8. (US, dated, colloquial) To believe; to credit.
    • 1929, Collier’s (volume 84, page 56)
      [] It seems they have sort of betrothal teas — can you tie it?”
      “Heavens!” said Mary []
    • 1940, Woman’s Home Companion (volume 67, issues 1-4, page 134)
      As the door slammed Pete turned to Hally, fuming. “Can you tie that? A little twopenny cold frightening him off.”
  9. (programming, transitive) In the Perl programming language, to extend (a variable) so that standard operations performed upon it invoke custom functionality instead.
    • 2000, Larry Wall, Tom Christiansen, Jon Orwant, Programming Perl: 3rd Edition (page 814)
      So, a class for tying a hash to an ISAM implementation might provide an extra method to traverse a set of keys sequentially (the “S” of ISAM), since your typical DBM implementation can’t do that.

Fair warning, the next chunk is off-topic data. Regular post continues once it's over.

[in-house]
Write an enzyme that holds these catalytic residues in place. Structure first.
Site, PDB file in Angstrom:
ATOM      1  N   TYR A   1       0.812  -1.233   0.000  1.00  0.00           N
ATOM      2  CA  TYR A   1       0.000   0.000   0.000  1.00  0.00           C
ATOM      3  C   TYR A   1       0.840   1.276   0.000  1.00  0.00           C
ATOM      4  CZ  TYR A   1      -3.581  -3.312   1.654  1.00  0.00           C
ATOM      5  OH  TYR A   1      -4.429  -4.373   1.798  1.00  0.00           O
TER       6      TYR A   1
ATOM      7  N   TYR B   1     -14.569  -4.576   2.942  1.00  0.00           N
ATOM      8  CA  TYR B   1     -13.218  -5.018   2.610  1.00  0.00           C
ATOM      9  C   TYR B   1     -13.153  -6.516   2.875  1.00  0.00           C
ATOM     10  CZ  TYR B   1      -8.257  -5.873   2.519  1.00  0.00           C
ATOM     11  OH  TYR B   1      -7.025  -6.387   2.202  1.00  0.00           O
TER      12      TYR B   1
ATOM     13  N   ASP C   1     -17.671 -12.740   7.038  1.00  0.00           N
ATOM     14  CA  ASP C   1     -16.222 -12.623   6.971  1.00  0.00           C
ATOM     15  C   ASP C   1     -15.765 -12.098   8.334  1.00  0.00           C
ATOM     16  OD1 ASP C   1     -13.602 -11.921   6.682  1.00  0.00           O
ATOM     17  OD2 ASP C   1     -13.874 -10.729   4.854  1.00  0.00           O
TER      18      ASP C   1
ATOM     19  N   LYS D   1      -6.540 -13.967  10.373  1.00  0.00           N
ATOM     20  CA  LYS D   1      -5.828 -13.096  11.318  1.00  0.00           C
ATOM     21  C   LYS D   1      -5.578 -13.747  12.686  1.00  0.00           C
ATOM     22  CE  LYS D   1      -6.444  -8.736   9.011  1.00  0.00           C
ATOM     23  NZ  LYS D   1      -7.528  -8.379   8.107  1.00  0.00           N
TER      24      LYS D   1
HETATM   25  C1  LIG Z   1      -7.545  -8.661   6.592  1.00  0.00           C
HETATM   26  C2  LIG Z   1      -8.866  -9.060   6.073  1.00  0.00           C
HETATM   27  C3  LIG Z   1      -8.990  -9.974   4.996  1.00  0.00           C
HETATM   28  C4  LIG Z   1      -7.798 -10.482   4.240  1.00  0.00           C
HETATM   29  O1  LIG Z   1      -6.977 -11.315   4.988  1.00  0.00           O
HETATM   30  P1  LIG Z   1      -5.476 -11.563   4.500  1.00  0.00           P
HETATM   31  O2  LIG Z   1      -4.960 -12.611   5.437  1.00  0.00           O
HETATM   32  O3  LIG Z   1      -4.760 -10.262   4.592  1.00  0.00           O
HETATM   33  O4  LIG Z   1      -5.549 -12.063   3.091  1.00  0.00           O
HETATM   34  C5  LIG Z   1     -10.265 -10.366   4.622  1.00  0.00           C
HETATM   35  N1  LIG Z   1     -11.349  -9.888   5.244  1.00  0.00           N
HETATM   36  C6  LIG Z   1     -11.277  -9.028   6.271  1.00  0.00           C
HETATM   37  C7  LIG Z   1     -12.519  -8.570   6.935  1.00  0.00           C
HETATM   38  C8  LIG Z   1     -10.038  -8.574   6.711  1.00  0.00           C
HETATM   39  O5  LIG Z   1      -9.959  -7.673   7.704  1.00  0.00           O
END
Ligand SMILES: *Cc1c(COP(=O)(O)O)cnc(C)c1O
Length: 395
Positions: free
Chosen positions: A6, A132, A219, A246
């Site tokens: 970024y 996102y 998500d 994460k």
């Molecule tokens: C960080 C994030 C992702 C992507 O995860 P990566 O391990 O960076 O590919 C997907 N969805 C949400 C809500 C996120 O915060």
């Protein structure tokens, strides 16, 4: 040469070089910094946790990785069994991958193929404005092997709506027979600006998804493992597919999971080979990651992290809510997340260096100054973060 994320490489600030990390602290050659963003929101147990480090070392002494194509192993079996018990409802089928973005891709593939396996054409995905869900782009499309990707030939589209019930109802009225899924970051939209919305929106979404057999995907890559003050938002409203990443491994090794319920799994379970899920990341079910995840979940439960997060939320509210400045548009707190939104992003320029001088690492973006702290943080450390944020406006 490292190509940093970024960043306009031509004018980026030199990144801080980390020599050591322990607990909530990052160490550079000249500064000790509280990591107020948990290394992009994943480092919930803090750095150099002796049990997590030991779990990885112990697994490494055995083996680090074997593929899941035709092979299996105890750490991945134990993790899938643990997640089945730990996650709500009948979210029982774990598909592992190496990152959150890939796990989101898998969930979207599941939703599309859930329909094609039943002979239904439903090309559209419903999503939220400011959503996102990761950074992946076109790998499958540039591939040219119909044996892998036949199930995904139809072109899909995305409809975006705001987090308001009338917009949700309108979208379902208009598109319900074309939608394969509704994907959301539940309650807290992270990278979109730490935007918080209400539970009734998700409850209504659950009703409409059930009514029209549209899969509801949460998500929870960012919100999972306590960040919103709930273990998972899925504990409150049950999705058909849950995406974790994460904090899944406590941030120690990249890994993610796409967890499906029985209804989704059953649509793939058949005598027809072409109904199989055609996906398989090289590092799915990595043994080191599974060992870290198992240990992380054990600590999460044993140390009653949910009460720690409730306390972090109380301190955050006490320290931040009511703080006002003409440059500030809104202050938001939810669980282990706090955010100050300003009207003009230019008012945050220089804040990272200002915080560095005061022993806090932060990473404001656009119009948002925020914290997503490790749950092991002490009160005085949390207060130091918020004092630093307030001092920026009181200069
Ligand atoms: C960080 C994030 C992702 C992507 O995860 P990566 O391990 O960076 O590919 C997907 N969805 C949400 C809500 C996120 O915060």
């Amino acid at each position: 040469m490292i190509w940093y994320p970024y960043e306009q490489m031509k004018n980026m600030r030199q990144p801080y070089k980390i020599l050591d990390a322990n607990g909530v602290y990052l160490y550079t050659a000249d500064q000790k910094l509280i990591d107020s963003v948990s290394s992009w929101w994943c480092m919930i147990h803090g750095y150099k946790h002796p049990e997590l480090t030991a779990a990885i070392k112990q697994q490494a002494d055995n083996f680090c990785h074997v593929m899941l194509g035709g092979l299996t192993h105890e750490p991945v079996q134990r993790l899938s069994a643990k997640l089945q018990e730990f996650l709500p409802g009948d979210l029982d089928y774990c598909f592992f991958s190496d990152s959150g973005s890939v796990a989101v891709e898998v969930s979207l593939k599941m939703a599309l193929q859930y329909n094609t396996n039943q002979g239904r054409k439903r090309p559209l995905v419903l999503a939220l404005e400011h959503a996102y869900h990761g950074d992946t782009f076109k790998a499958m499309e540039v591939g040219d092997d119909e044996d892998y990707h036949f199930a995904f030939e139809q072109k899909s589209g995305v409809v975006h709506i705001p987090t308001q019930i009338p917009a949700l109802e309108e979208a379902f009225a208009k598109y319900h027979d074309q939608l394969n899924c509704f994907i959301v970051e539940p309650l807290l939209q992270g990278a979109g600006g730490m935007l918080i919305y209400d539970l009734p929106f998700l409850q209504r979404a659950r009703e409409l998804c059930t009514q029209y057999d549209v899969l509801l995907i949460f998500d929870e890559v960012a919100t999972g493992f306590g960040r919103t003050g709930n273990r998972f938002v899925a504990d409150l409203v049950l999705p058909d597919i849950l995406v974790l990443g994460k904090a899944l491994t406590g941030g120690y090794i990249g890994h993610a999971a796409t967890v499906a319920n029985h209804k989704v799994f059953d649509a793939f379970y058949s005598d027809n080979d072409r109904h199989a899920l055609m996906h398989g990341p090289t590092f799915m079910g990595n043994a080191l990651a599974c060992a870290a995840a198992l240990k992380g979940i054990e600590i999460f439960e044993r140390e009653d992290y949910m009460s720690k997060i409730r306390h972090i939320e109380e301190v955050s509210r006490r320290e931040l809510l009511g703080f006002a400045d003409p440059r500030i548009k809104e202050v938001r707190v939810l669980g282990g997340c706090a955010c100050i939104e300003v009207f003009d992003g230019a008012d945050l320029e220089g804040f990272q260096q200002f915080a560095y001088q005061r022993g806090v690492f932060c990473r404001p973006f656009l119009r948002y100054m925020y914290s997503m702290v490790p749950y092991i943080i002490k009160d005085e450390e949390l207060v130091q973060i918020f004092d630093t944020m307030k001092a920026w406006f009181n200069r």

Synonyms
  • fasten
  • link
  • bind
Antonyms
  • unfasten
  • untie
Derived terms
  • tie down
  • tie-in, tie in
  • tie the knot
  • tie up
Translations

References

  • tie in The Century Dictionary, New York, N.Y.: The Century Co., 1911.

Further reading

  • tie on Wikipedia.Wikipedia

Anagrams

  • -ite, EIT, ETI, ITE, TEI

Danish

Etymology

From Old Norse þegja, from Proto-Germanic *þagjaną, cognate with Swedish tiga, Gothic ???????????????????? (þahan). The Germanic verb is probably cognate with Latin taceō (to be silent).

Pronunciation

  • IPA(key): /ˈtiːə/, [ˈtˢiːi]

Verb

tie (past tense tav or tiede, past participle tiet)

  1. to be silent, fall silent

Inflection

Related terms

  • tie stille

Esperanto

Etymology

From ti- (demonstrative correlative prefix) +‎ -e (correlative suffix of location).

Pronunciation

  • IPA(key): /ˈtie/
  • Hyphenation: ti‧e
  • Rhymes: -ie
  • Audio:

Adverb

tie (accusative tien)